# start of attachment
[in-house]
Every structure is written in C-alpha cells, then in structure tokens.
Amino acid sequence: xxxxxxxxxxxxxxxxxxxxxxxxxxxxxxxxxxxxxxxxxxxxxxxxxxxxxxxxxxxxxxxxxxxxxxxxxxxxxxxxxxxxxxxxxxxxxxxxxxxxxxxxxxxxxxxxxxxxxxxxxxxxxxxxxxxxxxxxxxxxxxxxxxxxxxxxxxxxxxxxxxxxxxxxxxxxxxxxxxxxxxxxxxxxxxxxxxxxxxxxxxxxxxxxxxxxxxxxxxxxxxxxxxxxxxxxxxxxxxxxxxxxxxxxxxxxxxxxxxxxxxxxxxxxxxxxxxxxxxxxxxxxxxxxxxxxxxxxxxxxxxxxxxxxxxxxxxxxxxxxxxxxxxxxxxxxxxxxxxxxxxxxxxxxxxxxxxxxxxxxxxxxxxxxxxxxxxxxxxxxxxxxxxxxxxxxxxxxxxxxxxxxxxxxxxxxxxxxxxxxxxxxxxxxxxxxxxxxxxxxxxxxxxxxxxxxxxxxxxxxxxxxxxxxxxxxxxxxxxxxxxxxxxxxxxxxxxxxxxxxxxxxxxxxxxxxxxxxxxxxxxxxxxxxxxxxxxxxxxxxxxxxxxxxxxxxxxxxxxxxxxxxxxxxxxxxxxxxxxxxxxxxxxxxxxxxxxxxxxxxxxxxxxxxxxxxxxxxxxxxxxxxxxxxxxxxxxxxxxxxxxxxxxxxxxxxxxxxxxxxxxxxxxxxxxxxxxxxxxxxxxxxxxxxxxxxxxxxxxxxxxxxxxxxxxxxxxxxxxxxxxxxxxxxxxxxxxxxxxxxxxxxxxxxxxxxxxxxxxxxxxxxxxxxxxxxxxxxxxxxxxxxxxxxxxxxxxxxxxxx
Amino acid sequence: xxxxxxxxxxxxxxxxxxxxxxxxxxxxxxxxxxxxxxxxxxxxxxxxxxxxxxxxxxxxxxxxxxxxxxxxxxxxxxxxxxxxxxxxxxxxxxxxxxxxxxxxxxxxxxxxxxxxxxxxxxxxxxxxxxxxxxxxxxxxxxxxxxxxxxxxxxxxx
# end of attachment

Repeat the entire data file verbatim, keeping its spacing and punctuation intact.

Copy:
[in-house]
Every structure is written in C-alpha cells, then in structure tokens.
Amino acid sequence: xxxxxxxxxxxxxxxxxxxxxxxxxxxxxxxxxxxxxxxxxxxxxxxxxxxxxxxxxxxxxxxxxxxxxxxxxxxxxxxxxxxxxxxxxxxxxxxxxxxxxxxxxxxxxxxxxxxxxxxxxxxxxxxxxxxxxxxxxxxxxxxxxxxxxxxxxxxxxxxxxxxxxxxxxxxxxxxxxxxxxxxxxxxxxxxxxxxxxxxxxxxxxxxxxxxxxxxxxxxxxxxxxxxxxxxxxxxxxxxxxxxxxxxxxxxxxxxxxxxxxxxxxxxxxxxxxxxxxxxxxxxxxxxxxxxxxxxxxxxxxxxxxxxxxxxxxxxxxxxxxxxxxxxxxxxxxxxxxxxxxxxxxxxxxxxxxxxxxxxxxxxxxxxxxxxxxxxxxxxxxxxxxxxxxxxxxxxxxxxxxxxxxxxxxxxxxxxxxxxxxxxxxxxxxxxxxxxxxxxxxxxxxxxxxxxxxxxxxxxxxxxxxxxxxxxxxxxxxxxxxxxxxxxxxxxxxxxxxxxxxxxxxxxxxxxxxxxxxxxxxxxxxxxxxxxxxxxxxxxxxxxxxxxxxxxxxxxxxxxxxxxxxxxxxxxxxxxxxxxxxxxxxxxxxxxxxxxxxxxxxxxxxxxxxxxxxxxxxxxxxxxxxxxxxxxxxxxxxxxxxxxxxxxxxxxxxxxxxxxxxxxxxxxxxxxxxxxxxxxxxxxxxxxxxxxxxxxxxxxxxxxxxxxxxxxxxxxxxxxxxxxxxxxxxxxxxxxxxxxxxxxxxxxxxxxxxxxxxxxxxxxxxxxxxxxxxxxxxxxxxxxxxxxxxxxxxxxxxxxx
Amino acid sequence: xxxxxxxxxxxxxxxxxxxxxxxxxxxxxxxxxxxxxxxxxxxxxxxxxxxxxxxxxxxxxxxxxxxxxxxxxxxxxxxxxxxxxxxxxxxxxxxxxxxxxxxxxxxxxxxxxxxxxxxxxxxxxxxxxxxxxxxxxxxxxxxxxxxxxxxxxxxxx